Nope. It’s the same problem. Which coin is heads? That one, the one identified. Which child is the girl? That one, the one identified. That sort of definite identification is just good as naming for the purpose of this problem.

The diff between 1/2 and 1/3 is whether the question is asked after knowing and being certain about ‘that’ child (1/2) or prior to knowing and being uncertain (1/3). The known gender excludes BB logically, leaving only GB or GG. The prior unknown case is a permutation, with BB excluded as a condition.

• jeffjo says:

“Which child is the girl? That one, the one identified.”

Except there was not one identified.

I can see you aren’t interested in finding the right answer, only yours. Have fun.

51. Ron Murphy says:

jeffjo,

Sorry I attributed ‘family’ stuff to you. I’m working from a phone and clearly mixed comments I was responding to.

Try this.

I was walking down the street and saw a woman with a girl. What’s the probability the child was a girl?

This is not asking what probability you *would* have asigned before I told you the gender. Even if I had known it was definitely a girl, had I not told you that fact it would have been reasobable of you to use a probabilistic model. But because I have told you it’s a girl you do not need to apply a probabilistic model to it; or if you insist on doing so the probability is 1.

Probabilistic models need only be applied when we don’t know. But even then there use may appear to be justified but later turn out to be mistaken. So, I can use a probabilistic model to predict the odds of H/T when a friend tosses a coin, but if I then find out it was a double headed coin I will realise my use of a probabilistic model was mistaken.

In Richard’s question there is only one unknown. It does not matter which child is the girl he identified. It is the very fact he is not interested in which specific child is the unknown that we do not need to consider both BG and GB permutations, along with the fact that there is a girl plus a child of unknown gender.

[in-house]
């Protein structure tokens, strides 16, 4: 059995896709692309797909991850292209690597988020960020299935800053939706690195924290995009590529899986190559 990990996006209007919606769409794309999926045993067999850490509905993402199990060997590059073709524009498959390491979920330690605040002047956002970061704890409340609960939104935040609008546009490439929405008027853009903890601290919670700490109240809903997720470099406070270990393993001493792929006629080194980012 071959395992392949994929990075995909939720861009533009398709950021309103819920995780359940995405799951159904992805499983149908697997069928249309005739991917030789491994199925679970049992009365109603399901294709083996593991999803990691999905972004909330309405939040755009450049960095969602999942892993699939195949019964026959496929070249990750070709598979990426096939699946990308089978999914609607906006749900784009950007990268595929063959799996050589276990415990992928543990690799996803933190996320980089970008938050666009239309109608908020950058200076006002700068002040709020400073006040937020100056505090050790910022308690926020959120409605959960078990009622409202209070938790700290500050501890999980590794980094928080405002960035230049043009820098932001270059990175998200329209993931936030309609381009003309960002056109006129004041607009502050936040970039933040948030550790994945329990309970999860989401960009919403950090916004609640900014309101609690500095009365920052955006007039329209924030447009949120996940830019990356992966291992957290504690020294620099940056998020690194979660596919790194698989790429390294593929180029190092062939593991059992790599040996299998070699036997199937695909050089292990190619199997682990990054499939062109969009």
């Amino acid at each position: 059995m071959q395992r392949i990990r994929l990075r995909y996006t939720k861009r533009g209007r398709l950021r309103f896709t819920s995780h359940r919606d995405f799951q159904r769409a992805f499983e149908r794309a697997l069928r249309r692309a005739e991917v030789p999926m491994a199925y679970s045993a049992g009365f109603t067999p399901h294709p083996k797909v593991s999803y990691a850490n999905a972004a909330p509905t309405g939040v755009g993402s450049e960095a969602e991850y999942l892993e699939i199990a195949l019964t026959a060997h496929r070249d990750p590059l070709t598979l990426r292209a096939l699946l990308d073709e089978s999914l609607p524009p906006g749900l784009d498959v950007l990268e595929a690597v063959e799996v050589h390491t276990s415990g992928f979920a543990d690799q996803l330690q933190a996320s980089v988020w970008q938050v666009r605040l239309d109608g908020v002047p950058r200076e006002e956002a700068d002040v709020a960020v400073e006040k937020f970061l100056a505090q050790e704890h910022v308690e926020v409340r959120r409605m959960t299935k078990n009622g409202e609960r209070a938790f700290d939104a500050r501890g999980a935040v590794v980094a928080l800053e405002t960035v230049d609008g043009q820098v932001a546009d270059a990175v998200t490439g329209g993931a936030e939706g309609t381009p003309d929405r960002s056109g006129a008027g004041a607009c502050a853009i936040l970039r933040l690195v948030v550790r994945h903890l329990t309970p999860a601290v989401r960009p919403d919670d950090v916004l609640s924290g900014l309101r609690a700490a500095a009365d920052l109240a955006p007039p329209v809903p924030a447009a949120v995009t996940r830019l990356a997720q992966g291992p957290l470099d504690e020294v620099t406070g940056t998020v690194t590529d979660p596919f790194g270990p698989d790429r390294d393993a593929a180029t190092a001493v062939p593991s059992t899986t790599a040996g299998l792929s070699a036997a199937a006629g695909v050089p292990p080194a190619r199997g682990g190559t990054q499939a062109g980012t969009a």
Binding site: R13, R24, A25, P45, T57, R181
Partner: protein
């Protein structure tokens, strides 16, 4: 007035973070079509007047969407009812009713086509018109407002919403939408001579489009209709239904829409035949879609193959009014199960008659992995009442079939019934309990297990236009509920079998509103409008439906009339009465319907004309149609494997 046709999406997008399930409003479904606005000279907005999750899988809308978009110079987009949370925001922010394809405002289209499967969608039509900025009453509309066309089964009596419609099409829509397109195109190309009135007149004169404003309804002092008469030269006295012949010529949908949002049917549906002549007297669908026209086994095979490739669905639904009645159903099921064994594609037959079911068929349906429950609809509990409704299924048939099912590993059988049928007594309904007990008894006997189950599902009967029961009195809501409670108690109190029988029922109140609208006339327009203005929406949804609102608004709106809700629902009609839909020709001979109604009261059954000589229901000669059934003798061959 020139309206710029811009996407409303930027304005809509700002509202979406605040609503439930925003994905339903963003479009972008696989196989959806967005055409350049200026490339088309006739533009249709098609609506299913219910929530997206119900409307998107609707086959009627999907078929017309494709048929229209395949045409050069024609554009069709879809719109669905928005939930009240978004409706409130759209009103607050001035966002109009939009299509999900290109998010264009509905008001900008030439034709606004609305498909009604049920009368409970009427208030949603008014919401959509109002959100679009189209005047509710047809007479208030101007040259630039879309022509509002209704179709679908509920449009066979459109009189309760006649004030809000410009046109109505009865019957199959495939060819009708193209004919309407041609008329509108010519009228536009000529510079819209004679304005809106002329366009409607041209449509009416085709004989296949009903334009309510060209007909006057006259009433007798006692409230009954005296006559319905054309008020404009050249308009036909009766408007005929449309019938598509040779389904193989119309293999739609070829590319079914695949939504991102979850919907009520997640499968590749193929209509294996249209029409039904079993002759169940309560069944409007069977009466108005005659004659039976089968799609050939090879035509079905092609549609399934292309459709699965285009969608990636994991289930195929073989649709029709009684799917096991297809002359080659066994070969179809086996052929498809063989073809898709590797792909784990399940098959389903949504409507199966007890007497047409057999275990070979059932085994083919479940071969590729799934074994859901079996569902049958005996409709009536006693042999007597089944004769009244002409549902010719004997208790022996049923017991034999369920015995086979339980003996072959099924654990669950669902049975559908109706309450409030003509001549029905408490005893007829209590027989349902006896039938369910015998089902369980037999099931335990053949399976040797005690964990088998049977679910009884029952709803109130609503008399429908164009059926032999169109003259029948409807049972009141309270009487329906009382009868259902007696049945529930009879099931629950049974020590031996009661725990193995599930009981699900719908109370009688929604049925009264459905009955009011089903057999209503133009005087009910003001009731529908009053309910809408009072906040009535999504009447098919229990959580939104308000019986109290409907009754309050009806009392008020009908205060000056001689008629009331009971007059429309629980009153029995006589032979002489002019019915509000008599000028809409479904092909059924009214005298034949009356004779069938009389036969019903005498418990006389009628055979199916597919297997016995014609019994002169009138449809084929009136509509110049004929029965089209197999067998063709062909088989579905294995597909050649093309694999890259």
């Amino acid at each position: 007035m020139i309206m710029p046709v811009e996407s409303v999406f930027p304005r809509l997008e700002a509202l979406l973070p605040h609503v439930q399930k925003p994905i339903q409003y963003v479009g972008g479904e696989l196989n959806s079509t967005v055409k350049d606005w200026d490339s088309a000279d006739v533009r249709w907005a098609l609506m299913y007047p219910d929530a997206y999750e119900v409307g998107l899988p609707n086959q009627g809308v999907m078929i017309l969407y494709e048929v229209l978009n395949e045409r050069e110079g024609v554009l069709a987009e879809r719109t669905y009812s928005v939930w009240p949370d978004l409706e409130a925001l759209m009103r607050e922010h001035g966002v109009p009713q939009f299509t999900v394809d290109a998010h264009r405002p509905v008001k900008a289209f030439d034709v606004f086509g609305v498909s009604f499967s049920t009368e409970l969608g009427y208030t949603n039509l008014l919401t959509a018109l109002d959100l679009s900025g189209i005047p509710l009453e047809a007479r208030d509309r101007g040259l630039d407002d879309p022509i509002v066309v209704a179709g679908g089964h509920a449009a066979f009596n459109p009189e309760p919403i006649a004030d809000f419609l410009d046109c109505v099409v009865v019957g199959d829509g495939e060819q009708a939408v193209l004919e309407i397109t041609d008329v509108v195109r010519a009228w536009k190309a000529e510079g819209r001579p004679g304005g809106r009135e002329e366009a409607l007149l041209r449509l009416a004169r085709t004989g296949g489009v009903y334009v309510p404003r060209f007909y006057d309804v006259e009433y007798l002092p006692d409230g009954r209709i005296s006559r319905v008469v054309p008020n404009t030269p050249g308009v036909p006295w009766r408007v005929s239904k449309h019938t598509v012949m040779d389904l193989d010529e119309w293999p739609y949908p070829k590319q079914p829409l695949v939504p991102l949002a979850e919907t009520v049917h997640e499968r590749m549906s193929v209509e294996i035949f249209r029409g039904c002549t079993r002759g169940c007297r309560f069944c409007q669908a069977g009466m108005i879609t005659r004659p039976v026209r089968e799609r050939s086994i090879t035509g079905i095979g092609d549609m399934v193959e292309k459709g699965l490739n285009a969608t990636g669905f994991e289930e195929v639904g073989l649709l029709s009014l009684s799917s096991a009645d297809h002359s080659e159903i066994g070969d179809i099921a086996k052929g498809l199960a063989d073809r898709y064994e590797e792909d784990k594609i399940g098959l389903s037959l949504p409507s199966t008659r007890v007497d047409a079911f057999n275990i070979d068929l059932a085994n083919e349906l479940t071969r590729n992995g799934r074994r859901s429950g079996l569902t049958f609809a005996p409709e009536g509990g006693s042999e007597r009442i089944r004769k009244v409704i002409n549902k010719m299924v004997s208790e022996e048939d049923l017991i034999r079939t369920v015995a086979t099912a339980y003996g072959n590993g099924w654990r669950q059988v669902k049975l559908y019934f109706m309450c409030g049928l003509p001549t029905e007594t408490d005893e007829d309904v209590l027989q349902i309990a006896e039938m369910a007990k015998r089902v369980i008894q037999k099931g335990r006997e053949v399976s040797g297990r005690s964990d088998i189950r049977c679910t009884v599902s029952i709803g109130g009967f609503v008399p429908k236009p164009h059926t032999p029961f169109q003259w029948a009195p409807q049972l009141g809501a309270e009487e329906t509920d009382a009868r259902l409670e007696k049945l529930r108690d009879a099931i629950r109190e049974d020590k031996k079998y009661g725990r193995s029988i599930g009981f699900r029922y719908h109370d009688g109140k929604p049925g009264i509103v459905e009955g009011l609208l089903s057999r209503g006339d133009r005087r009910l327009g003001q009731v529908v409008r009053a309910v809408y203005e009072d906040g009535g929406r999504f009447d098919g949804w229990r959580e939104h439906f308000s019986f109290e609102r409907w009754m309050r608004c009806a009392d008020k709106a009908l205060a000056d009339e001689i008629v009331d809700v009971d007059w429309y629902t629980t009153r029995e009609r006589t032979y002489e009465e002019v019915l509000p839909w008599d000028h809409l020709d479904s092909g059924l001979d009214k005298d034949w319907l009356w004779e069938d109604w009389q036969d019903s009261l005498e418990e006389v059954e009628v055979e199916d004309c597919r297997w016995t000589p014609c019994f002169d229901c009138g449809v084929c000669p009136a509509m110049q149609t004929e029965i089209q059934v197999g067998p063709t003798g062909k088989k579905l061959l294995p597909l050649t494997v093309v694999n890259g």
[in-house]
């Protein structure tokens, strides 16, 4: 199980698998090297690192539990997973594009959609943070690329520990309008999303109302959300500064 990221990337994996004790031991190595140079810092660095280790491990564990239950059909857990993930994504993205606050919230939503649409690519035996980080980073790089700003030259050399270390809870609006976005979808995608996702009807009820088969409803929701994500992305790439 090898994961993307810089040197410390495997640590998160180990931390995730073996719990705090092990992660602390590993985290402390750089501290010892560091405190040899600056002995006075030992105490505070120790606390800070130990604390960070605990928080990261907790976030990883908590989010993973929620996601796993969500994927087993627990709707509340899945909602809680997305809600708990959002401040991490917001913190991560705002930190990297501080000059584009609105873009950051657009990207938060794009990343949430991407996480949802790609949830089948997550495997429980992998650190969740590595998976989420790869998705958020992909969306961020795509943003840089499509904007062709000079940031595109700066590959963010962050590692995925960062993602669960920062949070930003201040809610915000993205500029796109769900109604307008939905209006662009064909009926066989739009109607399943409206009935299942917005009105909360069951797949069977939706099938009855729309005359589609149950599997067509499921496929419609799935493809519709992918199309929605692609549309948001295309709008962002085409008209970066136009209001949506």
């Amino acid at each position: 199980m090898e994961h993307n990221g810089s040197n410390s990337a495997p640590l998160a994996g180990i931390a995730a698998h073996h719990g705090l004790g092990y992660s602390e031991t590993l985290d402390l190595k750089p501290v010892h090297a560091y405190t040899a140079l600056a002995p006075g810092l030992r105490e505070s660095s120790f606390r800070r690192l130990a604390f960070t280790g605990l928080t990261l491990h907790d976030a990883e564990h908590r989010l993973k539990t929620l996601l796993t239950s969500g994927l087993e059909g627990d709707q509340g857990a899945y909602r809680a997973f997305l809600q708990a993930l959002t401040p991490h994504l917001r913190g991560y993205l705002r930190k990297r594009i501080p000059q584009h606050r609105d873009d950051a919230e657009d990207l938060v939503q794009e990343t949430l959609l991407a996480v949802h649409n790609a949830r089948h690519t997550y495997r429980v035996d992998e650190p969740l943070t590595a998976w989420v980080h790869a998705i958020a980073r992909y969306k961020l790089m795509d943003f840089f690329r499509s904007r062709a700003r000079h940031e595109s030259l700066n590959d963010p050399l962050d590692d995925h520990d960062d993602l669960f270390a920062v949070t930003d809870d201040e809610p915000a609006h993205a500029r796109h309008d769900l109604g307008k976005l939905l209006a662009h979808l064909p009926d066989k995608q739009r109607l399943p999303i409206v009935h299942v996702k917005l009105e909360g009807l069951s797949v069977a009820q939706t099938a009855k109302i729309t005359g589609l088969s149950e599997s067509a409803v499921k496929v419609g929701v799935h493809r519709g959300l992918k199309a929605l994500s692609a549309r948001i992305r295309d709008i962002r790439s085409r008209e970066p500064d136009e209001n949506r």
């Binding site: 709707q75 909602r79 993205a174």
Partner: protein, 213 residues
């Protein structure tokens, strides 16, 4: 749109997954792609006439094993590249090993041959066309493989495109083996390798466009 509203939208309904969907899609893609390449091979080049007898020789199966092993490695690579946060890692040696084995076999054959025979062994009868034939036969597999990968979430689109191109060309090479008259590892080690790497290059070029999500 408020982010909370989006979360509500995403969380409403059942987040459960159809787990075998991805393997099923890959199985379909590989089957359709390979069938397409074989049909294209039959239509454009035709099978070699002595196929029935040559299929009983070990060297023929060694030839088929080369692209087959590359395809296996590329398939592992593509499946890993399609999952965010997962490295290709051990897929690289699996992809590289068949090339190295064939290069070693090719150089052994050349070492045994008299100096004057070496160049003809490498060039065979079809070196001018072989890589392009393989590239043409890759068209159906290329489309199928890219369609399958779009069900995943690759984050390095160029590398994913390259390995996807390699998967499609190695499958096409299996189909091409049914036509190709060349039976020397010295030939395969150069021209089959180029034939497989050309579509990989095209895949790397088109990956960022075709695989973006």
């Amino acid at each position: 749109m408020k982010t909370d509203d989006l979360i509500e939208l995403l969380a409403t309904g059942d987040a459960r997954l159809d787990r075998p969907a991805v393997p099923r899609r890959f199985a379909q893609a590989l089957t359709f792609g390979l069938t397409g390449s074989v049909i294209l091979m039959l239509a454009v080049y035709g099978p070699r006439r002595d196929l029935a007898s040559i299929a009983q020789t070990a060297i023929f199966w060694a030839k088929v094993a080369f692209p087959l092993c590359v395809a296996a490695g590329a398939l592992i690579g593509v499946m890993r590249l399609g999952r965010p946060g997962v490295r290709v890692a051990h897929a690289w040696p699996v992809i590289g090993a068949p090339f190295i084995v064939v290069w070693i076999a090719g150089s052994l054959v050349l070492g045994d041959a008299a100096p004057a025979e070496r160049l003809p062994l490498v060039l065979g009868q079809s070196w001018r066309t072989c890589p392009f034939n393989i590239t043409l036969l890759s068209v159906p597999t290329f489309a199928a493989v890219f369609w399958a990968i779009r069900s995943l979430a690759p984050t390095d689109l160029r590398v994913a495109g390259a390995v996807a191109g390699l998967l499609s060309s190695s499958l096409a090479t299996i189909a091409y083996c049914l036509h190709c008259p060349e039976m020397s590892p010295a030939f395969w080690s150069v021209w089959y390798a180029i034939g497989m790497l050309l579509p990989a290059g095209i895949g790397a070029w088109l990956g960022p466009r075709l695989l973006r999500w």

Can you explain why you think a probabilistic model should be applied to anything other than the child with the unspecified gender? We are not being asked to identify the child, so which one it was does not matter.

• jeffjo says:

“In Richard’s question there is only one unknown.”

No. There are two unknowns. We know a value that applies to one of them, BUT WE DON’T KNOW WHICH ONE, so we still have to treat both probabilistically.

“It does not matter which child is the girl he identified.”

No child was identified. As a result, the answer isn’t always 1/2, which it would be by your methods. If we had asked Richard “is there a girl,” or there was something else that prompted him to tell us about a girl and not a boy, then he does not have to pick a child when there are two girls. And the correct answer is 1/3. Your method, of identifying a child when Richard didn’t, can’t get this answer.

If Richard had volunteered the information, he only has to pick a GENDER, not a CHILD, to tell us about. And while we can deduce a child indirectly “identified” this way when there is both a boy and a girl, we cannot when there are two girls. We actually need to consider all four combinations GG, BG, GB, and BB; but we assign a probability to the event R, that Richard tells us about a girl, in each case (One of those will be zero). Such a probability is called a conditional probability; for example, P(R|GB) is the conditional probability that Richard would tell us about a girl if he saw a GB set of children. The correct Mathematical solution comes from a proven relationship called Bayes’ Theorem:

P(GG|R)=P(R|GG)*P(GG)/[P(R|GG)*P(GG)+P(R|GB)*P(GB)+P(R|BG)*P(BG)+P(R|BB)*P(BB)]

Since all the P(XY)’s are 1/4, we can divide them out:

P(GG|R)=P(R|GG)/[P(R|GG)+P(R|GB)+P(R|BG)+P(R|BB)]
= 1/(1+1/2+1/2+0) = 1/2.

• Ron Murphy says:

Why assign a probability that Richard tells us about a girl? He did tell us about a girl. Probability 1. You would only introduce probability about this if you were uncertain – perhaps Richard could be mistaken or perhaps on some days of the week he tells lies, etc. Then it would make sense to for probabilities such as P(R|GG) – the probability that Richard will tell us about a girl if there are two girls. Without this added uncertainty P(R|GG) = 1.

However, P(R|BG) = P(R|GB) = 1 and P(R|BB) = zero.